United States District Court, Northern District of Illinois
December 17, 2010
CITY OF CHICAGO, ET AL.
Name of Assigned Judge or Magistrate Judge Robert M. Dow, Jr. Sitting Judge if Other than Assigned Judge
DOCKET ENTRY TEXT
For the reasons set forth below, the Court grants Defendant City of Chicago's motion to dismiss . Plaintiff Jeffries' amended complaint is dismissed. Plaintiff is given 30 days in which to file a second amended complaint if he believes that he can cure any of the deficiencies in the federal claims asserted in his first amended complaint. The Court also notes that Plaintiff has not served Officer Peoria or any individual officers. If Plaintiff does not file a second amended complaint within 30 days, the Court will dismiss the claims against the unserved officer Defendants without prejudice (see Fed. R. Civ. P. 4(m)) and enter judgment for the City of Chicago and against Plaintiff.
O[ For further details see text below.] Docketing to mail notices. Notices mailed by Judicial staff.
On November 18, 2009, Plaintiff Dedrick Jeffries submitted his original complaint, an application for leave to proceed in forma pauperis ("IFP"), and a motion for the appointment of counsel. The judge previously assigned to this case granted Plaintiff IFP status, but twice denied motions for the appointment of counsel. Defendant then filed a motion to dismiss, and the Court gave Plaintiff leave to file an amended complaint. Plaintiff filed his amended complaint, and Defendant filed a second motion to dismiss, to which Plaintiff failed to respond. Noting the absence of a response brief, the magistrate judge assigned to this matter requested that Plaintiff come before the Court for a status to inquire as to whether Plaintiff intended to proceed with his case. Prior to the status hearing, Plaintiff filed a third motion for the appointment of counsel. At the status hearing on September 7, 2010, the magistrate judge denied Plaintiff's third motion for the appointment of counsel but granted Plaintiff an additional seven weeks, until October 29, to file a response to Defendant's motion to dismiss. Despite the extension, Plaintiff has not filed a response.
In his amended complaint, Plaintiff alleges that on December 8, 2007, Chicago Police officers were called to 6643 South Ashland Avenue. See Plaintiff's Amended Complaint ("Compl.") at ¶ 4. According to Plaintiff, he was told by an Officer Peoria to give keys to a Miss DeVille despite an alleged ordinance that states that a landlord is not to have keys to a tenant's apartment. Id. Plaintiff alleges that he gave Miss DeVille the keys because of a "mean look" that Officer Peoria gave him and the "way he was shouting" at Plaintiff, which caused Plaintiff to fear for his safety. Id. The amended complaint also alleges that Officer Peoria refused to give Plaintiff service or protection of the law. Id. at ¶ 5.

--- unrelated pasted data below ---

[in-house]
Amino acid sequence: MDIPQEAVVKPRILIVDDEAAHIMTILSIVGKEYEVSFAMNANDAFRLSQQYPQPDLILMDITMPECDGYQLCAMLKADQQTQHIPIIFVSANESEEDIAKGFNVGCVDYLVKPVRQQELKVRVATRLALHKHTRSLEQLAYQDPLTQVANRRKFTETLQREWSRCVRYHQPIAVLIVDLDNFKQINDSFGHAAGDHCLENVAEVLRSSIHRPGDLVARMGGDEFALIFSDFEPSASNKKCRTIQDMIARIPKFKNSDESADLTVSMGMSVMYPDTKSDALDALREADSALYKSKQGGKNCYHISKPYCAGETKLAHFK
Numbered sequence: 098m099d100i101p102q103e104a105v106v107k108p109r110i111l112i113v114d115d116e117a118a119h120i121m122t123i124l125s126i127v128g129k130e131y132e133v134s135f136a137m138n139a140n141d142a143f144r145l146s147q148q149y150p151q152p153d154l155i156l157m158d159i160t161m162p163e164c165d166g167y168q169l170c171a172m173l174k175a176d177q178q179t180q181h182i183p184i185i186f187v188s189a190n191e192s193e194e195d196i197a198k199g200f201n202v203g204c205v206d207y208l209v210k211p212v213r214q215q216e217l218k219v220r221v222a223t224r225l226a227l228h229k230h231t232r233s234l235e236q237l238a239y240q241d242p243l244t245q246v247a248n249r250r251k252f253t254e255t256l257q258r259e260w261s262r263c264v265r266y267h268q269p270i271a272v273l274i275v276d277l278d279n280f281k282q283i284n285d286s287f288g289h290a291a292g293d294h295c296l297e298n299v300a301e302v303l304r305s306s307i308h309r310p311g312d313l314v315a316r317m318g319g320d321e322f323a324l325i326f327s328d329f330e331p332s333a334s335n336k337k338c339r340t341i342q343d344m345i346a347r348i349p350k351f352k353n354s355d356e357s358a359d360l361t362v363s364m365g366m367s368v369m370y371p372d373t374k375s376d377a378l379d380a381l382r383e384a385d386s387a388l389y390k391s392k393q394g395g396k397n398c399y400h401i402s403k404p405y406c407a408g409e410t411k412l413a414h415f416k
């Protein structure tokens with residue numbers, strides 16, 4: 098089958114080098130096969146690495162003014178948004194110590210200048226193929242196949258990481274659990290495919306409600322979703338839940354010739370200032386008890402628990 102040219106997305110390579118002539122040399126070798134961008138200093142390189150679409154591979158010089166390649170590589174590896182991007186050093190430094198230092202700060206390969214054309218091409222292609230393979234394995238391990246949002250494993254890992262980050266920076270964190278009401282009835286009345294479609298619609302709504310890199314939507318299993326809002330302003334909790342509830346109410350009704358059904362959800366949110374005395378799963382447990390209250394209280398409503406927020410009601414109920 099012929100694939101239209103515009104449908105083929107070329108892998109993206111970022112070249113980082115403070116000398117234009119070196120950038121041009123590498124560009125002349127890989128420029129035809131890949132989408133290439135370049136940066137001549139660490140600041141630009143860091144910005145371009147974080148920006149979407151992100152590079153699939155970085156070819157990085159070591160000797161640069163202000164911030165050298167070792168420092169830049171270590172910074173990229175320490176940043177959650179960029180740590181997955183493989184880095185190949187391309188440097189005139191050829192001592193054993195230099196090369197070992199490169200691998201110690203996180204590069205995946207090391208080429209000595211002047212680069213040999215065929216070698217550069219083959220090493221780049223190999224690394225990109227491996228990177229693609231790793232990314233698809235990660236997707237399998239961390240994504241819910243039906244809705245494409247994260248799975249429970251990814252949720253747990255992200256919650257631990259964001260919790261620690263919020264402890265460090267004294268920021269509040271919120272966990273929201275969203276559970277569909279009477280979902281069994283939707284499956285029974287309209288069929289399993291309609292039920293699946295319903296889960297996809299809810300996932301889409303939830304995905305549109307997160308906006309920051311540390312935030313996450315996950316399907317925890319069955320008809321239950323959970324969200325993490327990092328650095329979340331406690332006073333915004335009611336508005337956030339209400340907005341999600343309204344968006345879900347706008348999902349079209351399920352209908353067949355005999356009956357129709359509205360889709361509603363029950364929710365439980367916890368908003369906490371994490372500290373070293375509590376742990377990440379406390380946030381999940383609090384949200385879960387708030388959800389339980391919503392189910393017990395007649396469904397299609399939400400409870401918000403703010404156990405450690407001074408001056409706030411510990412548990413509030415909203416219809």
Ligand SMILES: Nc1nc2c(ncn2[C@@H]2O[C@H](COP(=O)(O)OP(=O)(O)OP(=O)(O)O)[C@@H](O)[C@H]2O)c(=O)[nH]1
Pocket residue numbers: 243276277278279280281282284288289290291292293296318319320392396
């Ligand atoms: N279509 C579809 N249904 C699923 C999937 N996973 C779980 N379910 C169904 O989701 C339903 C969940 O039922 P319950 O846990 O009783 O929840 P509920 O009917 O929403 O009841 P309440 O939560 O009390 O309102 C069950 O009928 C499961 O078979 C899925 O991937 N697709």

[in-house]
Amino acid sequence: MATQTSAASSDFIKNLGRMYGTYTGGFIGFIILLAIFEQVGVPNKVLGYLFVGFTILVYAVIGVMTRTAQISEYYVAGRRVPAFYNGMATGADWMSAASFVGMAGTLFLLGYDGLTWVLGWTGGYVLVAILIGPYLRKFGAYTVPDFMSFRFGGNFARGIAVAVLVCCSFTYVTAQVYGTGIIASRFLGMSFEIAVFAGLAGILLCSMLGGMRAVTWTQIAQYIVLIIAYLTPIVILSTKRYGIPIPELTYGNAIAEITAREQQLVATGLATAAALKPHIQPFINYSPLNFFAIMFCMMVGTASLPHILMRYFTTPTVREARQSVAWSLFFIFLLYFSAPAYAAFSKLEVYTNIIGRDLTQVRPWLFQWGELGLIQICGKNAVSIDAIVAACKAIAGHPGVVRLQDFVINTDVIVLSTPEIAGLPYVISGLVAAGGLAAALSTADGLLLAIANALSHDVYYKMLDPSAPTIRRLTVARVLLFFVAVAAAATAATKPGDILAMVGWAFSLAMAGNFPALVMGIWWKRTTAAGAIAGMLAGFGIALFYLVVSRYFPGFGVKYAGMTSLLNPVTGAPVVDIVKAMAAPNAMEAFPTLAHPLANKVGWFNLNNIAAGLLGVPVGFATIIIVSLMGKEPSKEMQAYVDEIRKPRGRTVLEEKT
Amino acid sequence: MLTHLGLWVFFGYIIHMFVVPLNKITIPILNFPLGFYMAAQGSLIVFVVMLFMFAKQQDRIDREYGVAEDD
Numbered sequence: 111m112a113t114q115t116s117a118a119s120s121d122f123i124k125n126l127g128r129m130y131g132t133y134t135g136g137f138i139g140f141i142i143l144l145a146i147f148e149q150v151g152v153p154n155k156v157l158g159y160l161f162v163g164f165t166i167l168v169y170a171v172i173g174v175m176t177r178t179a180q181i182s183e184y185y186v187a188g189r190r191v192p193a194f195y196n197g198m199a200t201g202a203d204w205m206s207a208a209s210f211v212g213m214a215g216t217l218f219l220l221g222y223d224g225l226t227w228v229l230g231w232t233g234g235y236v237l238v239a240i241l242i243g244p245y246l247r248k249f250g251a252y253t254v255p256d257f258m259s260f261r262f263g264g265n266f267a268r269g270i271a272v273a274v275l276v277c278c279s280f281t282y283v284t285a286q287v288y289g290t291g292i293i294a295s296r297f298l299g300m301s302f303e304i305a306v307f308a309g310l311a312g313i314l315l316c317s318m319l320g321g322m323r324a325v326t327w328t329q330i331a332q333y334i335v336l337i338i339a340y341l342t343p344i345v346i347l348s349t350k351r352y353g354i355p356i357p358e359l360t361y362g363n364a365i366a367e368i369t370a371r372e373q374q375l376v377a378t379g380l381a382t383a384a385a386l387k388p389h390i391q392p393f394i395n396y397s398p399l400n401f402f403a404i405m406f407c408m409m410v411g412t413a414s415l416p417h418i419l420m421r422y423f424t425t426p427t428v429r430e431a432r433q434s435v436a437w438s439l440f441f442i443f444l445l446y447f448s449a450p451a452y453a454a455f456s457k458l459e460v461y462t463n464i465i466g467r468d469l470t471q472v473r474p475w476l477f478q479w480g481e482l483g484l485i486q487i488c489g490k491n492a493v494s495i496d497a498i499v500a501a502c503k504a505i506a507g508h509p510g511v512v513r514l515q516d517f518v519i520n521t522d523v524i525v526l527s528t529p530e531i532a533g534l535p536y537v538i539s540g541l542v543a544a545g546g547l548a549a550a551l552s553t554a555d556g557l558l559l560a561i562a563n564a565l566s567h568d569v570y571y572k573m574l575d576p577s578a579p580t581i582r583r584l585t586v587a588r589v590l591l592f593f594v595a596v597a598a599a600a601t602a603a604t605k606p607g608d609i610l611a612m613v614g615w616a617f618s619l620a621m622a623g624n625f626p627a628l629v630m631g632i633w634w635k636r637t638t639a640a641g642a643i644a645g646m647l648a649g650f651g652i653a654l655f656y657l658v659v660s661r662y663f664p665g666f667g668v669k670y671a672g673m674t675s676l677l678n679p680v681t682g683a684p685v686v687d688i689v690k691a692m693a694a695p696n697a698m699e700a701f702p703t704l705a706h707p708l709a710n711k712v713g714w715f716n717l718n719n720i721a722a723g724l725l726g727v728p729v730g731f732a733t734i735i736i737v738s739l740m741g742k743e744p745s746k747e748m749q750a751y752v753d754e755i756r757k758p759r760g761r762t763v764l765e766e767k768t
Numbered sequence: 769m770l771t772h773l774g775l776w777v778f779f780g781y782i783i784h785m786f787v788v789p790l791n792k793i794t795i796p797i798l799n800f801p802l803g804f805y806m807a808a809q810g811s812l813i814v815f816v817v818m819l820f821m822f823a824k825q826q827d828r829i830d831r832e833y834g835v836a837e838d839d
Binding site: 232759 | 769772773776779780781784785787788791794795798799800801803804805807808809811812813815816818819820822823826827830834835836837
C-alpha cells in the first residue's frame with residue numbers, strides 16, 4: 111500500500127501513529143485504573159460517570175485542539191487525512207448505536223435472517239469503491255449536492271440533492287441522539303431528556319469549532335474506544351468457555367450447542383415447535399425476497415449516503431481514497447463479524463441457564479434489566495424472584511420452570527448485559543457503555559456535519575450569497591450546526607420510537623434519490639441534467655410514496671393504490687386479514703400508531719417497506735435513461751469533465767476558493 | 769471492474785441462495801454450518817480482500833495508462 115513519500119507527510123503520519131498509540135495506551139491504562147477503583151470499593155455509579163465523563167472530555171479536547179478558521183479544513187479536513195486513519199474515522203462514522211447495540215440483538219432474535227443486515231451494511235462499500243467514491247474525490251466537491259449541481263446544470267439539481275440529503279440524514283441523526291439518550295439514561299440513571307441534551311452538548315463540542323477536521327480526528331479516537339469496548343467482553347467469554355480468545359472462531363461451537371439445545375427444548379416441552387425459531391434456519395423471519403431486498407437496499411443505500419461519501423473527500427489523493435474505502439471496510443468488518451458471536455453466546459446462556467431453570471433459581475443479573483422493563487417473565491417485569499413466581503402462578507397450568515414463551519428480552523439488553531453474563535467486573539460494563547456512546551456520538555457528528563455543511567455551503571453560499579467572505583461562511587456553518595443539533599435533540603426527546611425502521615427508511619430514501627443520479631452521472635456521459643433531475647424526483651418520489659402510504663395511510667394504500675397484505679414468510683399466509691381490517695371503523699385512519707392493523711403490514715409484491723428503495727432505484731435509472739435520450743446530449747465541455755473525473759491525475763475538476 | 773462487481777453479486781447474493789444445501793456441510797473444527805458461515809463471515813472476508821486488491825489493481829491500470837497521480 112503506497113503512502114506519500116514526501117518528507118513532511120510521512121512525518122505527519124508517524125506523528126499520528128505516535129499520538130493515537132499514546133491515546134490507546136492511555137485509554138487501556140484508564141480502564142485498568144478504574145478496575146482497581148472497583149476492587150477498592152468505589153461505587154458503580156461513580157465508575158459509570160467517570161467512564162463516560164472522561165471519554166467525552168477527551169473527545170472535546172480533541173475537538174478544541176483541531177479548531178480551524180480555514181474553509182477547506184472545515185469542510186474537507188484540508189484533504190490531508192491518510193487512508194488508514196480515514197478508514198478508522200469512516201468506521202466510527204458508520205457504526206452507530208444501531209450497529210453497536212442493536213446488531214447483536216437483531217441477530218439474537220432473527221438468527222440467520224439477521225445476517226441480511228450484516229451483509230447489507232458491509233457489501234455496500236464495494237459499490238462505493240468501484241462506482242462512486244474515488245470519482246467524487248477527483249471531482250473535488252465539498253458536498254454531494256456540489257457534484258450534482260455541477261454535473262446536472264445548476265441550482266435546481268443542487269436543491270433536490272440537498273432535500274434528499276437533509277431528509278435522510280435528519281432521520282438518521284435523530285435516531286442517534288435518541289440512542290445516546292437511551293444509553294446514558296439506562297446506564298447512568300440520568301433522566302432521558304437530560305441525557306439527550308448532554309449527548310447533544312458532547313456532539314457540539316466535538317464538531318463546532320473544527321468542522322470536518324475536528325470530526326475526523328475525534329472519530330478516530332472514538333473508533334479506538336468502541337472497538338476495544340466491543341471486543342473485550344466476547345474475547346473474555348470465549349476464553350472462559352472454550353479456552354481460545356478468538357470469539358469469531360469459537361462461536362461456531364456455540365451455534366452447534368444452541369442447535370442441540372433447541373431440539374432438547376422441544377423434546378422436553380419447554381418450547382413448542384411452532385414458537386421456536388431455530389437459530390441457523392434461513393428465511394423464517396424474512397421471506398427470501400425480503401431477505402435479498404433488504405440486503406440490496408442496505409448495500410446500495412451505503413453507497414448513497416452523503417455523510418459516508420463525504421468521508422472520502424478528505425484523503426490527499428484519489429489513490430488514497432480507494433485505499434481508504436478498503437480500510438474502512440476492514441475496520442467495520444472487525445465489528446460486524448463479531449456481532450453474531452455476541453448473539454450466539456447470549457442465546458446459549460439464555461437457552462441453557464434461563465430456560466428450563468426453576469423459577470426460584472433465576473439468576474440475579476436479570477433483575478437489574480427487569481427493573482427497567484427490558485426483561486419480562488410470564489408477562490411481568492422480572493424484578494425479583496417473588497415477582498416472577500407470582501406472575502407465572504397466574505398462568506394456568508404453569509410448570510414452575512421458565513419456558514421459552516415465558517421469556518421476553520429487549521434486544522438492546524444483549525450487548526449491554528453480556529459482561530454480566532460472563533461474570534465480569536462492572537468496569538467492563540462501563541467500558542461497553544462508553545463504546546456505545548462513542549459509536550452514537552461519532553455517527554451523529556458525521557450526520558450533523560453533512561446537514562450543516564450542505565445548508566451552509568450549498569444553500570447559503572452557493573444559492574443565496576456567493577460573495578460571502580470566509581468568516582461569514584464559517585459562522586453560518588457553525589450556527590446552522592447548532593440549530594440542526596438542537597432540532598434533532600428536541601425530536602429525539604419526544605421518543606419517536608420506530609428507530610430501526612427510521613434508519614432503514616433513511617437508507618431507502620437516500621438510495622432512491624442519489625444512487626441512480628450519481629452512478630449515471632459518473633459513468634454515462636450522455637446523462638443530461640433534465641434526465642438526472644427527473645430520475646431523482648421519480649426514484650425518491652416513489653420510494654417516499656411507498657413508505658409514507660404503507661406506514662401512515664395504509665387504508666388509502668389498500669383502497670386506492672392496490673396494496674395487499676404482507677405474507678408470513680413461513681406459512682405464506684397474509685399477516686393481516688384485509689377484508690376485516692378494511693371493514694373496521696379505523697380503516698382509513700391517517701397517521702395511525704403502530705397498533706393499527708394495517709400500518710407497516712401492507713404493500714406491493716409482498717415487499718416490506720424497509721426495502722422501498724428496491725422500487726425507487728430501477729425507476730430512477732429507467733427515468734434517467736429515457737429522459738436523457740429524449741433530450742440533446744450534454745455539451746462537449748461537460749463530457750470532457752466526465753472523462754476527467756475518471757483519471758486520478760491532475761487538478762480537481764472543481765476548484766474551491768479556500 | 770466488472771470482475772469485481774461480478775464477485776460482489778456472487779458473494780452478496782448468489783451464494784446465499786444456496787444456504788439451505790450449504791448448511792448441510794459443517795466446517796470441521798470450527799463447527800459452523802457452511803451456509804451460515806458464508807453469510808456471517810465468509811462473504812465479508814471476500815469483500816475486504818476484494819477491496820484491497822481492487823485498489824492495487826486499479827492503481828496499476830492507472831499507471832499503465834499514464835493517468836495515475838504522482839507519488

Plaintiff's amended complaint also describes a second incident, which allegedly occurred on December 24, 2007. On that date, Plaintiff claims to have experienced a break-in at 6643 South Ashland Avenue. Id. at ¶ 6. Plaintiff called 911 for "service", but alleges that he did not receive any "service." Id. at ¶ 7. Instead, Plaintiff alleges, without any additional information, that he was arrested. Id.
Plaintiff next alleges that on December 1, 2008, he was walking on 63rd Street near its intersection with Ashland Avenue. Id. at ¶ 8. According to Plaintiff, as he was walking westbound on 63rd Street, a blue and white Chicago Police car, Beat No. 753, came up behind him on his right side. Id. Plaintiff noticed that the officer operating that police car was "giving [him] a hard look." Id. at ¶ 9. According to Plaintiff, he stopped walking to allow the officer to drive by, but the officer made a sharp turn and came at him with the police car, almost hitting Plaintiff with the car. Id. Plaintiff claims he had to run for his life until the officer made another sharp turn and went back to his original position on 63rd Street. Id. at ¶ 10. According to Plaintiff, this same officer made another sharp turn returning to where Plaintiff was walking, exited the car, and "just stood there giving [Plaintiff] a hard look" as Plaintiff was walking on 63rd Street. Id. at ¶ 11.